15. Yes, the dedicated StarKid fans will be on you like a pack of Dementors for this, but that’s what you get for not watching the show properly and then proceeding to talk about it like you’re the second coming of Ebert. Seriously, where did you get the idea that Taz is “demure”?
    Starship isn’t perfect, but there’s no need to act like it’s completely beneath you. And please don’t talk like the only people who were watching were “teen girls and tweener fans” — they only came flocking in after Darren’s Glee debut. StarKid has much more fans than that.

  16. Wait, what? How is Taz “demure”? Did you even watch the show?

  17. I saw all the pastiche elements, never knew anything about Starkid before, and this was instantly my favorite musical, if not one of my favorite works of entertainment of any sort.

    I thought it poured charm from every single fiber of its being, from subtle movements by some of the puppets to the overwhelmingly catchy songs, nothing about it felt lackluster. You might be able to cut out forty minutes to an hour of dialog, but I was honestly never bored. The childish feel of the jokes and acting was nothing but lovable.

    I don’t feel that it’s really any more of a pastiche then, frankly, any other show on Earth. You can break literally any work of entertainment down into a list of things we’ve seen before. It’s presentation that matters, and I could have watched this particular team read the phone book and be entertained.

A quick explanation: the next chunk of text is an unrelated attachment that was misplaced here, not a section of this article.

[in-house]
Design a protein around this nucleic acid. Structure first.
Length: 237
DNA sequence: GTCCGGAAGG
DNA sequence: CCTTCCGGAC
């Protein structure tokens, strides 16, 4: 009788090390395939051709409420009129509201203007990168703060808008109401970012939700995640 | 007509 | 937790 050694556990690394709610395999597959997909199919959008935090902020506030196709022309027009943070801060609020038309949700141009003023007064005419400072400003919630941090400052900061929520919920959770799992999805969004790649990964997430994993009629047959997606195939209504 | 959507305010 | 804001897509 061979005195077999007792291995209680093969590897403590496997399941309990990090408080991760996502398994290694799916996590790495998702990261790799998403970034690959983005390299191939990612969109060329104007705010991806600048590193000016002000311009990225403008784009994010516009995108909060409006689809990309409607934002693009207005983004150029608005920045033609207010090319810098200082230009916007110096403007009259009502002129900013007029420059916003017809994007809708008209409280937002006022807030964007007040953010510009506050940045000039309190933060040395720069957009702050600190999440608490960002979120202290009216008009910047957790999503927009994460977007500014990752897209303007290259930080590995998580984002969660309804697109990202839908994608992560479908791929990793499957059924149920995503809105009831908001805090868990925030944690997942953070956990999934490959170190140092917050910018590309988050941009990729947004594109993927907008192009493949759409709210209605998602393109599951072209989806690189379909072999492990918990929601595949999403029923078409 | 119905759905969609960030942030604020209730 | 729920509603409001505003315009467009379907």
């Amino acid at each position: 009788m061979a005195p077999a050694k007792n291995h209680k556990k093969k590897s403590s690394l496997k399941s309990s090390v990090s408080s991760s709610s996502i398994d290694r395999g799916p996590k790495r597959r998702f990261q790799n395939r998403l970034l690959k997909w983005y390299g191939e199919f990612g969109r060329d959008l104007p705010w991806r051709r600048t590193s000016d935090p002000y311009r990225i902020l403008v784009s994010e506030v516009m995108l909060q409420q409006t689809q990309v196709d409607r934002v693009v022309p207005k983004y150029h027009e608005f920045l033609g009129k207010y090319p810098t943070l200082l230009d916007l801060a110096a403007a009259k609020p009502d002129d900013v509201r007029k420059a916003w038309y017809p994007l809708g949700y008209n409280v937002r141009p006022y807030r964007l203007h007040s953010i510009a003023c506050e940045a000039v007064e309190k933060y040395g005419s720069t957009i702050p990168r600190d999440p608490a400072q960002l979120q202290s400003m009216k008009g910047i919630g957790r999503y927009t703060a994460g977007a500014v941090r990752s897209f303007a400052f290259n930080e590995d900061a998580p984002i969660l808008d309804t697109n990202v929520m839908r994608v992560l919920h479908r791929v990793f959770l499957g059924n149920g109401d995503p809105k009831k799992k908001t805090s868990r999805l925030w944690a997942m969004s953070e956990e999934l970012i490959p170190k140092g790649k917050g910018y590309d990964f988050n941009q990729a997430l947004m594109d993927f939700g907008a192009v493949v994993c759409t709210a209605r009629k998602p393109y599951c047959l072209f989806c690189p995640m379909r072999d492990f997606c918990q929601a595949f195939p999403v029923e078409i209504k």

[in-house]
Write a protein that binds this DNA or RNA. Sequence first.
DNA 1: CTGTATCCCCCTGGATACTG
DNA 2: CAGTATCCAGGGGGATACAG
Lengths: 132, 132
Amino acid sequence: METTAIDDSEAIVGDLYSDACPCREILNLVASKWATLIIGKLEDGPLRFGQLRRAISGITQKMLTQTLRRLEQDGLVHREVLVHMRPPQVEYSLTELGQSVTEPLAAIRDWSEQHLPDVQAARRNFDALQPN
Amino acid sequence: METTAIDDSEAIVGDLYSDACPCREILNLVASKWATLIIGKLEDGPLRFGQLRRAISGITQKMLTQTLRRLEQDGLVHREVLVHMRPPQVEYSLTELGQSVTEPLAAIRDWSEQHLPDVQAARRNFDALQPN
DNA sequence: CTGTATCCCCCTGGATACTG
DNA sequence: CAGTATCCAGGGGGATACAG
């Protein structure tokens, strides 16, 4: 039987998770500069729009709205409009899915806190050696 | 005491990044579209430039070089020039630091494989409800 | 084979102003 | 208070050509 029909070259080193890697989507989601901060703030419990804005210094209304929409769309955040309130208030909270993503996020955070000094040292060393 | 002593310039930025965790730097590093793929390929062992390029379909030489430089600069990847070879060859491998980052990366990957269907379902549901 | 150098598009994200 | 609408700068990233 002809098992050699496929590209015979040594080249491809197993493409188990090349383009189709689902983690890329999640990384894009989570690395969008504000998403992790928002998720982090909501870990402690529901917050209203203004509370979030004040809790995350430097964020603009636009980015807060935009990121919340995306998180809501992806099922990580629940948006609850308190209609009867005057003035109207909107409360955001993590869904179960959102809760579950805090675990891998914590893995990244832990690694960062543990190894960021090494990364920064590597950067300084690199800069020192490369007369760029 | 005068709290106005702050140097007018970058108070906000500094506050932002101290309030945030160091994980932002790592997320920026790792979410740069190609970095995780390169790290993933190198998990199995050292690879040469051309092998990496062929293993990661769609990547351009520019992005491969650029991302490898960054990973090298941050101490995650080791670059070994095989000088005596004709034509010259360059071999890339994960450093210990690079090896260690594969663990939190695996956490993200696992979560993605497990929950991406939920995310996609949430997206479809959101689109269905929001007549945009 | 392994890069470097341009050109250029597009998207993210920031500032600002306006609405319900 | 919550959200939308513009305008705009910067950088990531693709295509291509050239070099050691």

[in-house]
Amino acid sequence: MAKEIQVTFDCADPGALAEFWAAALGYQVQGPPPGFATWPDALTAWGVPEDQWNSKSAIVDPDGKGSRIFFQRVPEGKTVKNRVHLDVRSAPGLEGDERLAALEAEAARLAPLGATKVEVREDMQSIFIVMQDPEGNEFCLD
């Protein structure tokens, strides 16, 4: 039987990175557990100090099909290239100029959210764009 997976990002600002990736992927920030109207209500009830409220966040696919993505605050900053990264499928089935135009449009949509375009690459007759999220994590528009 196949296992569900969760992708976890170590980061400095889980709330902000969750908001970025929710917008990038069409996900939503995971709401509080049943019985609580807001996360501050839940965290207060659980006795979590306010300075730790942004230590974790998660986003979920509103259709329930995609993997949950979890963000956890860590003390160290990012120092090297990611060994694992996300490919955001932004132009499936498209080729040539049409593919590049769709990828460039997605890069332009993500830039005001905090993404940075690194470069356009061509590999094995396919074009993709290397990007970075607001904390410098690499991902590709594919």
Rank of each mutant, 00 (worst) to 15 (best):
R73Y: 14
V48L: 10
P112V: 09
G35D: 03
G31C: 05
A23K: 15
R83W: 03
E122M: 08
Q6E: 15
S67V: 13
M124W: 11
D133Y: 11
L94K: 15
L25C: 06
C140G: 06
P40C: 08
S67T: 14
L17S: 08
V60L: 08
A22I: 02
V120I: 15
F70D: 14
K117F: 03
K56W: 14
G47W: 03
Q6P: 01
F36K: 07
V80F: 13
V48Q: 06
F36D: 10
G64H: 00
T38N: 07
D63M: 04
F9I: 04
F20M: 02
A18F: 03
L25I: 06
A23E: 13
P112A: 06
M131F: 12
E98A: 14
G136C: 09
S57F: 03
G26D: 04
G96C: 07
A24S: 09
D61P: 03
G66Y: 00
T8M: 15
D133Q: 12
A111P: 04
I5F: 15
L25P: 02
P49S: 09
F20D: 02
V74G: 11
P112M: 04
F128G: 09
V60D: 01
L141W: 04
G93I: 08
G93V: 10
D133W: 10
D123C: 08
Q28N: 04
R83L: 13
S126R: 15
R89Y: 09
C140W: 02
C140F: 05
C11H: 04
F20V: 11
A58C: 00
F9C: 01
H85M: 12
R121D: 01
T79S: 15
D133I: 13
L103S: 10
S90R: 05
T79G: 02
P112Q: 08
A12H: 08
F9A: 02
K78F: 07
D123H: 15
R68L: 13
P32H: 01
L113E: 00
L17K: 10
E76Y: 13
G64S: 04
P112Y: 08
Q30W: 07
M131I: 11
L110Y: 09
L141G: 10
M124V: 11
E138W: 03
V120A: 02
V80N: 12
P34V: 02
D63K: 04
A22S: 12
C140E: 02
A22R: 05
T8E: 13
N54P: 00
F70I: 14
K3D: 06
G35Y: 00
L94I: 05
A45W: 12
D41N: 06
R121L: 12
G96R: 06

18. I won’t take issues with the majority of what you’ve said, everyone is entitled to their opinion, and I personally loved it (and it’s been a looong time since I was a teenage girl!). I will, however, take issues with the 2nd last paragraph and your description of the characters.
    “Burly Krayonder”? Joe Moses is a stick!
    “Gung-ho Commander Up” – Up has been soft since his injury – literally “all heart and no balls”.
    “Demure Taz” … OK, are you sure you watched the whole thing? I don’t think it’s possible to put “Taz” and “demure” in the same sentence unless the words “is most certainly not” are between them.

  19. Everyone has their right to their opinion, but I’m wondering a few things. A) HOW THE HELL IS TAZ DEMURE???!?!!?!??!?!?! <<that was my top worry about this review. I mean…that makes me think that you didn't even really WATCH it if you typed that adjective in conjunction with her name.

    Personally, I think it's adorable. I thoroughly enjoyed it and I think that maybe it's targeted toward a certain type of audience; also if you have seen other Starkid musicals and enjoy the actors as much as most hardcore fans do, it's much more enjoyable to watch Voldemort/Umbridge and Draco attempt at a buddy relationship.

    And now, looking back, ALL your adjectives are wrong…Krayonder=Joe Moses=thin as can be. Up, gung-ho? He's soft and weak the whole musical.

    …and I still can't get over the whole "demure Taz" thing. I'm sorry, but please tell me that was a mistake.

    All in all, your review was thoughtful, but I don't agree.